What is the Interaction Between Alcohol and Fitness?

  • 17 months ago
3 minute read.
What is the Interaction Between Alcohol and Fitness?


Alcohol is the main ingredient in alcoholic beverage consumed worldwide for recreational, medicinal, social, and religious purposes.

Alcohol has many effects on the body. For example, acute alcohol toxicity and chronic intoxication affect overall health. The effects are different for everyone as their tolerance threshold varies. Still, alcohol addiction has negative impacts on the body.

A significant part of staying healthy is exercising and following a balanced diet. If you exercise regularly, you should limit your alcohol intake because of the ill effects of sustained consumption.

Calories in Alcohol

Wine, beer, and all other fermented drinks contain natural starch and sugar. They increase your calorie intake. Here are some of the alcoholic beverages and their calorie contents.


Alcoholic Beverage





100 ml

220 calories


100 ml


220 calories


100 ml 

220 calories


Half liter 

184 calories


100 ml

126 calories 

Vodka, tequila, and cider 


1 shot (1.5 ounces)

97 calories


100 ml


70 calories

Relationship Between Alcohol and Fitness

Alcohol has a close relationship with fitness. It impacts several aspects of our physical health, including the following.

● Metabolism

Alcohol has three characteristic features. First, it is an energy source, psychoactive drug, and toxin with lot of calories but few nutrients. It increases fat absorption in the body and slows down metabolism. Also, as it contains a toxin, the topmost priority of the body is to eliminate it from the body. However, due to its toxic effects, it slows down liver function and diminishes the liver cell's ability to regenerate.

● Performance Training

Alcohol consumption reduces the sensitivity of the central nervous system and its activities. It impairs our balance, accuracy, reaction time, and motor activities, such as holding an object or doing an exercise carefully. The dizziness, tremors, and hangover from heavy alcohol consumption will impair your ability to exercise. Further, you'll be more susceptible to injuries when lifting exercise equipment.

● Muscle Soreness

While stretching and building muscles, your muscles are often damaged before they rebuild, which leads to soreness. However, after alcohol consumption, the recovery of these worn muscles slows down and delays muscle development.

● Weight Gain

Consumption of alcohol inhibits fat digestion, which leads to fat being stored in the body. It slows down your weight loss efforts. Also, alcoholic drinks are rich in calories, and regular drinking promotes weight gain.

● Muscle Strength

Alcohol inhibits the calcium transfer between the membranes, and this action impairs the contraction and relaxation of muscles, decreasing muscle strength.

● Injury Recovery

Alcohol consumption slows down the inflammatory responses required in the recovery of an injury. If you are training and have suffered an injury, alcohol prolongs the recovery period by impairing the anti-inflammatory cytokines.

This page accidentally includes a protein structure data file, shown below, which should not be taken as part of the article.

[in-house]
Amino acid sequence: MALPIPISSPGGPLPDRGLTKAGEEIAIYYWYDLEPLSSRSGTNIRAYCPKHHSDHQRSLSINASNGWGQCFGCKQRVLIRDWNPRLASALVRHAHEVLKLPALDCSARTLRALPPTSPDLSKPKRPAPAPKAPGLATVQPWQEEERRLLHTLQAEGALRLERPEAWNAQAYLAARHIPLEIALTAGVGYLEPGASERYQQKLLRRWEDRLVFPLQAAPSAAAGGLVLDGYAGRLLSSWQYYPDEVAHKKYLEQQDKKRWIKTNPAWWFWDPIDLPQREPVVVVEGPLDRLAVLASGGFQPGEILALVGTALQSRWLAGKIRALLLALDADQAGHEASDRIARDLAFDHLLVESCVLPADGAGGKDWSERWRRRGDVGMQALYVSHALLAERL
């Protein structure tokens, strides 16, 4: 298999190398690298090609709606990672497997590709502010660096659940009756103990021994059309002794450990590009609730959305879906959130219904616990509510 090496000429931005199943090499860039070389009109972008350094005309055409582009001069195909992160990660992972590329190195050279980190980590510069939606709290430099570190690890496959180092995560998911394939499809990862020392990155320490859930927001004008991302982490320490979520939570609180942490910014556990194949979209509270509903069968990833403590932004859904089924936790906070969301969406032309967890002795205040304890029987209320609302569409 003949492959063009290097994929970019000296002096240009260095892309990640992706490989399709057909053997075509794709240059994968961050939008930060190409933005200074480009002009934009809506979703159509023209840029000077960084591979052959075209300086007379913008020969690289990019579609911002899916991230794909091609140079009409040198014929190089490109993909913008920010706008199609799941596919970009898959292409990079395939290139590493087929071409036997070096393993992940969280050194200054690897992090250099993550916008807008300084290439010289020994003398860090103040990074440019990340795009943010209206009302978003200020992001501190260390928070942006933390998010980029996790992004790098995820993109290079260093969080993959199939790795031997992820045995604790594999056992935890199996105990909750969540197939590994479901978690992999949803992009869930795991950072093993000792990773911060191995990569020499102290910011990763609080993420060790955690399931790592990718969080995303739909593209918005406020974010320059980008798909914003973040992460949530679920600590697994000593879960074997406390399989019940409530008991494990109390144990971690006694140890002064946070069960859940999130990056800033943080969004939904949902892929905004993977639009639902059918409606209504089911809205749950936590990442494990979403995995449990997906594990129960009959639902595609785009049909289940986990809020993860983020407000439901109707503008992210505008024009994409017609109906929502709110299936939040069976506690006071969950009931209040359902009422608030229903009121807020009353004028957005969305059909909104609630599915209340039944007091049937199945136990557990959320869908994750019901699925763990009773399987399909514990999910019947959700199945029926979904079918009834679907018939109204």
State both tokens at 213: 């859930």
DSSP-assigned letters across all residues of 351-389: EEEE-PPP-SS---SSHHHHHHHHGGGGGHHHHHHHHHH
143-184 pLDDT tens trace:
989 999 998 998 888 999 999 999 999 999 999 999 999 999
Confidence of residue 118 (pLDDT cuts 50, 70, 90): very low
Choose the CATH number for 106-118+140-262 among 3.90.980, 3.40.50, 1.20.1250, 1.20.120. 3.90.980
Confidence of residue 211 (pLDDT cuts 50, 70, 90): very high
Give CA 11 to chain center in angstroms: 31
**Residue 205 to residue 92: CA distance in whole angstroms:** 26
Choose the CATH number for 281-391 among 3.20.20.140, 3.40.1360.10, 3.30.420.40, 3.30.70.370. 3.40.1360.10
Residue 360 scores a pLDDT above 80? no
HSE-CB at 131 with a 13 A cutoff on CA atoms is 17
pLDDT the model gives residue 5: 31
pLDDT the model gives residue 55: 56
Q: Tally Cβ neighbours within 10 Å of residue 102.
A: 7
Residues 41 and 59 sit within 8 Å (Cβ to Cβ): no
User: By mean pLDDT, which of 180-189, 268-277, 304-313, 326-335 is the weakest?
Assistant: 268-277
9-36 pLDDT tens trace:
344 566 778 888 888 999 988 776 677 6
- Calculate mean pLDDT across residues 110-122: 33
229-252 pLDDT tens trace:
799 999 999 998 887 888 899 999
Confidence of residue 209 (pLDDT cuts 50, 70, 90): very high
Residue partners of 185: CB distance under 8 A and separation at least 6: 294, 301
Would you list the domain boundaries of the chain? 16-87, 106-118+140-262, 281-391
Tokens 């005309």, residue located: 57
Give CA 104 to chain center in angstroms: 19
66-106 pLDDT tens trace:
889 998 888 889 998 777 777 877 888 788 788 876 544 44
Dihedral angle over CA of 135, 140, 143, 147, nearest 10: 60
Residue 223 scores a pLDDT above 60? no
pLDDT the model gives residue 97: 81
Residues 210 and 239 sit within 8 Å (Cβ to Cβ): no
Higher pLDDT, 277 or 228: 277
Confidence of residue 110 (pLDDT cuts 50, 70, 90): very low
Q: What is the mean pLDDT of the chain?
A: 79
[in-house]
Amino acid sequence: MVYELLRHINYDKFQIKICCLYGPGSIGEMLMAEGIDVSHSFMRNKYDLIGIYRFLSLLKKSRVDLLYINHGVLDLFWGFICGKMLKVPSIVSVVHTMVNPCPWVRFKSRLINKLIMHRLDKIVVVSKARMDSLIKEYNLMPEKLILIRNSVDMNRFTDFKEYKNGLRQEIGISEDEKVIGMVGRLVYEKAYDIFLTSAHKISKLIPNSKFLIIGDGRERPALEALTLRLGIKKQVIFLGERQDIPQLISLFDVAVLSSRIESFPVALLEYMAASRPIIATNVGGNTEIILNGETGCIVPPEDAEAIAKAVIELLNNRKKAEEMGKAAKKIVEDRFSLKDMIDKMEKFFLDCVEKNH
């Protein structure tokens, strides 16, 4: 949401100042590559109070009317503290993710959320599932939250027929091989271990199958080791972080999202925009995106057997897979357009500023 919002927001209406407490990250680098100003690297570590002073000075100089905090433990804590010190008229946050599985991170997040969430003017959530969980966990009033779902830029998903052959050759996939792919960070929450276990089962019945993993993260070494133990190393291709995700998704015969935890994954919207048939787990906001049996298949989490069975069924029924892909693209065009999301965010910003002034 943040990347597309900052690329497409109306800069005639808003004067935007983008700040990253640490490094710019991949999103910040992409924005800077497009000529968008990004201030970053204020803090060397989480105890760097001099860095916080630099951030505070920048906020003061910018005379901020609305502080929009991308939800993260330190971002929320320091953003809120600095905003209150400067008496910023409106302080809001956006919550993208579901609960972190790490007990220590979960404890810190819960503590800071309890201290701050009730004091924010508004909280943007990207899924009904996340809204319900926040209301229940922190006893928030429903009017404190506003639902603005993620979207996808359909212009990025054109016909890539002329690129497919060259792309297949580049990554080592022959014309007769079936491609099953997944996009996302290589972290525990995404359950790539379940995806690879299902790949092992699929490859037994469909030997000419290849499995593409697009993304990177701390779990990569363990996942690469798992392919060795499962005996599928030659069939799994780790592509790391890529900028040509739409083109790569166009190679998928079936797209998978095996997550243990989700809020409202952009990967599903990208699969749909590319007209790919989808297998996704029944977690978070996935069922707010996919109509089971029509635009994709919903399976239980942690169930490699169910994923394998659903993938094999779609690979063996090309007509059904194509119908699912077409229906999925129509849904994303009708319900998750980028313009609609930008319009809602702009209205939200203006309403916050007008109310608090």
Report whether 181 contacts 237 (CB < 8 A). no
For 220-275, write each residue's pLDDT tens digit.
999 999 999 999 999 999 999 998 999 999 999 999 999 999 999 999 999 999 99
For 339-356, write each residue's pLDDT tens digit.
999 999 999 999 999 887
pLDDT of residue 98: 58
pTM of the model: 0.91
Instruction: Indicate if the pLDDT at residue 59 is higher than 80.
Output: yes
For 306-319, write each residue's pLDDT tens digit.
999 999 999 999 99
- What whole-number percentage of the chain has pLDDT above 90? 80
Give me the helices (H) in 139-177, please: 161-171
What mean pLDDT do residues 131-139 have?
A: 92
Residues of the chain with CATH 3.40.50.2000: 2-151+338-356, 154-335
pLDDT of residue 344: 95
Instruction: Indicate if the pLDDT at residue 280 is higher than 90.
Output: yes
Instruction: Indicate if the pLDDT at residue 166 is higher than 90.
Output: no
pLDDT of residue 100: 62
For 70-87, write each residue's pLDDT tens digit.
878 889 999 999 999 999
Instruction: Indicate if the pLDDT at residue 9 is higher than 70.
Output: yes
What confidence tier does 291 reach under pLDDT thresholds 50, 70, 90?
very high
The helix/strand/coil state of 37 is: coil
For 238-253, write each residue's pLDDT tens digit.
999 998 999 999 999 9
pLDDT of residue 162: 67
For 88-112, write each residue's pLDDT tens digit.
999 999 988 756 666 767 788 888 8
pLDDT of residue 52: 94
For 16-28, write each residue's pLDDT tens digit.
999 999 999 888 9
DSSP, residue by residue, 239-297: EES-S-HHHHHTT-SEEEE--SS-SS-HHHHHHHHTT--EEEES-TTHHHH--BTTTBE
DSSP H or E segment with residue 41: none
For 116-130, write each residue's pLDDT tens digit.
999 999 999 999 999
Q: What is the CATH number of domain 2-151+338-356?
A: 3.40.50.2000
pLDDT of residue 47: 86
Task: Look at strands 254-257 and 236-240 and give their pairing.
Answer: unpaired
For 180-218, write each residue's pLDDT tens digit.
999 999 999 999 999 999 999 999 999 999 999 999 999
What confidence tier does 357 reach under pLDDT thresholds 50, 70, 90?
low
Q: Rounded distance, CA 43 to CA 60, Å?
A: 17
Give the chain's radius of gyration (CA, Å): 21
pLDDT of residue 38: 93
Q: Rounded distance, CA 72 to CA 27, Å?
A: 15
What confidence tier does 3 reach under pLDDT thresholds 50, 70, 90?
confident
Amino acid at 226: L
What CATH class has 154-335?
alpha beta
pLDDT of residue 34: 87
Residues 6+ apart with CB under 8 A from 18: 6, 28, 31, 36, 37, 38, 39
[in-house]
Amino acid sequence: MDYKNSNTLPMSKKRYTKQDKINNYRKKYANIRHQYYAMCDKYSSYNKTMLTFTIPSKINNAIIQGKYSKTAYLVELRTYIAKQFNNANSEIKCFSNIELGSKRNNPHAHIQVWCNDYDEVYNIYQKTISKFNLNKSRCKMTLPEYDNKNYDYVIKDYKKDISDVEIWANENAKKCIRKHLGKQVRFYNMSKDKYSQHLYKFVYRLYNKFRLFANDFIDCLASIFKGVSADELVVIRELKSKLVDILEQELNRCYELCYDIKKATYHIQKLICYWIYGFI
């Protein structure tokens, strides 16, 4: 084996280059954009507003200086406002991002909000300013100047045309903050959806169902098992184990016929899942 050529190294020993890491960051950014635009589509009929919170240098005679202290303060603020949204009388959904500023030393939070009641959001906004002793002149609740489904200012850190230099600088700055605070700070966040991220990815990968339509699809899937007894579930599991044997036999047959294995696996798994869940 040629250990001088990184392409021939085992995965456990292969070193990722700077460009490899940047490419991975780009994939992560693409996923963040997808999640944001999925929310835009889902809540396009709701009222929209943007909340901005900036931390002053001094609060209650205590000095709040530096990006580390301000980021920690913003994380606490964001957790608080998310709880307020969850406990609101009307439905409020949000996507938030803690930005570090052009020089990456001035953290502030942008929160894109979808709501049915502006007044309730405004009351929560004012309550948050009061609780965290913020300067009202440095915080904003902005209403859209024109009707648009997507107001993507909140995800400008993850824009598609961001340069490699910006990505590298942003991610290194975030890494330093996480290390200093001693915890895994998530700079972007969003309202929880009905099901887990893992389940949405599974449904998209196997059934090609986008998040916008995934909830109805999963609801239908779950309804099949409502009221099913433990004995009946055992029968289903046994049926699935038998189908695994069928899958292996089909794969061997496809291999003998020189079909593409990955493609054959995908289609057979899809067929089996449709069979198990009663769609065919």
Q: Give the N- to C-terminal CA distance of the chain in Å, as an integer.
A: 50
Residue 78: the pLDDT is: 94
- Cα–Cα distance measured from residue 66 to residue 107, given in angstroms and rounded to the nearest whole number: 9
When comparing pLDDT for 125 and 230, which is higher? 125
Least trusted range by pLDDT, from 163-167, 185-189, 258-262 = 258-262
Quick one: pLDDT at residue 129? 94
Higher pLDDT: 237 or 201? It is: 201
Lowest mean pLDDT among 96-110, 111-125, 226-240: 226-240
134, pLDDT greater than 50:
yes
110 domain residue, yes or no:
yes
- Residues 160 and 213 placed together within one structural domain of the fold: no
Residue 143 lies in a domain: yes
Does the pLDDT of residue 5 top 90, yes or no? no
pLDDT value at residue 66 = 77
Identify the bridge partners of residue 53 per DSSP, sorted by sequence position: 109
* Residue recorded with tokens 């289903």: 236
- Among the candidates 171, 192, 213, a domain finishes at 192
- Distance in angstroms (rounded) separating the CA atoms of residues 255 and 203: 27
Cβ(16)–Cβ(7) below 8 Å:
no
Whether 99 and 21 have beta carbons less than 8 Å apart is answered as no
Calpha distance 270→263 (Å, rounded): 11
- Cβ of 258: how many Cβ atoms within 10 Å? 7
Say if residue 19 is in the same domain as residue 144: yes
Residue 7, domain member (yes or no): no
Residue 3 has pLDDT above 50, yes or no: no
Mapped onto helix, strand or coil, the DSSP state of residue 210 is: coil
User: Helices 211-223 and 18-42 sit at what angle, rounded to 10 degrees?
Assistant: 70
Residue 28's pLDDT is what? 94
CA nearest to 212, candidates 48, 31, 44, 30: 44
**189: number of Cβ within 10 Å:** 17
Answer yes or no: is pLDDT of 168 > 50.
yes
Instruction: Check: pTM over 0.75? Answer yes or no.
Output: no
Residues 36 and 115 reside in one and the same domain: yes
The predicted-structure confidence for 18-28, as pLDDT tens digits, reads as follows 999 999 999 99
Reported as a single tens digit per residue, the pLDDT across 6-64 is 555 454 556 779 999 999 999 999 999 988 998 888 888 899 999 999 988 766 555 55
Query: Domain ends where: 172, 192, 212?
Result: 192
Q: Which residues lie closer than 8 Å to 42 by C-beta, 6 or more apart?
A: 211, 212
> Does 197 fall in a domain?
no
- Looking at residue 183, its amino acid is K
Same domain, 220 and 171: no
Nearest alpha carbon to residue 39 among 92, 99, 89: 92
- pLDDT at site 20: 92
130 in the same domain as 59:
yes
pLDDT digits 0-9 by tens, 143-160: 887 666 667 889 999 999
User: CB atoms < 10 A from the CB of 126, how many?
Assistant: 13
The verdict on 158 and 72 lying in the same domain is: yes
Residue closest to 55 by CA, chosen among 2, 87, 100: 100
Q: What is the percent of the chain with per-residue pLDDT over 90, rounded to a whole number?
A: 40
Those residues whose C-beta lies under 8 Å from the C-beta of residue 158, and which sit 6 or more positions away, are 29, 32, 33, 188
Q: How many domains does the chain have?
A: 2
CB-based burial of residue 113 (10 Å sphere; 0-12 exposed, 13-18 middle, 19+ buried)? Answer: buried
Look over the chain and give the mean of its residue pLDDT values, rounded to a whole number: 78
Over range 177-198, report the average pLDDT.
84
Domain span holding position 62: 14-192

● Muscle Growth

A hormone called testosterone is responsible for muscle growth. Testosterone increases protein synthesis and stimulates muscle growth. However, alcohol slows down testosterone production. Further, it releases another hormone, cortisol, which stimulates protein breakdown and reduces muscle growth.

● Dehydration

Alcohol is a diuretic agent known to increase urine output, which interferes with hydration and leads to dehydration. It is especially harmful since our body is already in need of hydration after working out.

● Sleep

It is a misconception that alcohol consumption before going to bed relaxes the mind. In truth, it leads to an interrupted sleep cycle, midnight awakening, and disturbed sleep.

Everyone needs proper sleep to perform optimally. After alcohol consumption and sleep deprivation, fatigue increases and reduces the energy levels, ultimately affecting our performance.

Long-term Alcohol Effects

Some effects of alcohol consumption affect us in the long term, as follows.

●  Inflammatory damage to the liver and increased chance of liver disorders, such as alcoholic hepatitis, alcoholic liver cirrhosis, and alcohol-induced liver disease

● Hypertension

● Heart-related diseases

● Stroke

● Pancreatitis

● Cancers

Manage Your Alcohol Intake

If you are concerned about your drinking and you want to limit it, you can follow these steps provided by the National Institute on Alcohol Abuse and Alcoholism.

● Set a limit for your drinking intake.

● Keep track of how much you drink in a week and the amount that you consume.

● Be persistent in slowing down the intake of alcohol.

● Keep yourself busy and pick up a new hobby. You can walk or engage yourself in sports.

● If you are unable to cut down your alcohol intake, seek medical guidance.


Alcohol consumption, whether short-term or long-term, may cause an imbalance in the body. So, to maintain optimum fitness levels, it is necessary to follow an adequate diet, get regular exercise, and cut down or stop the consumption of alcohol.

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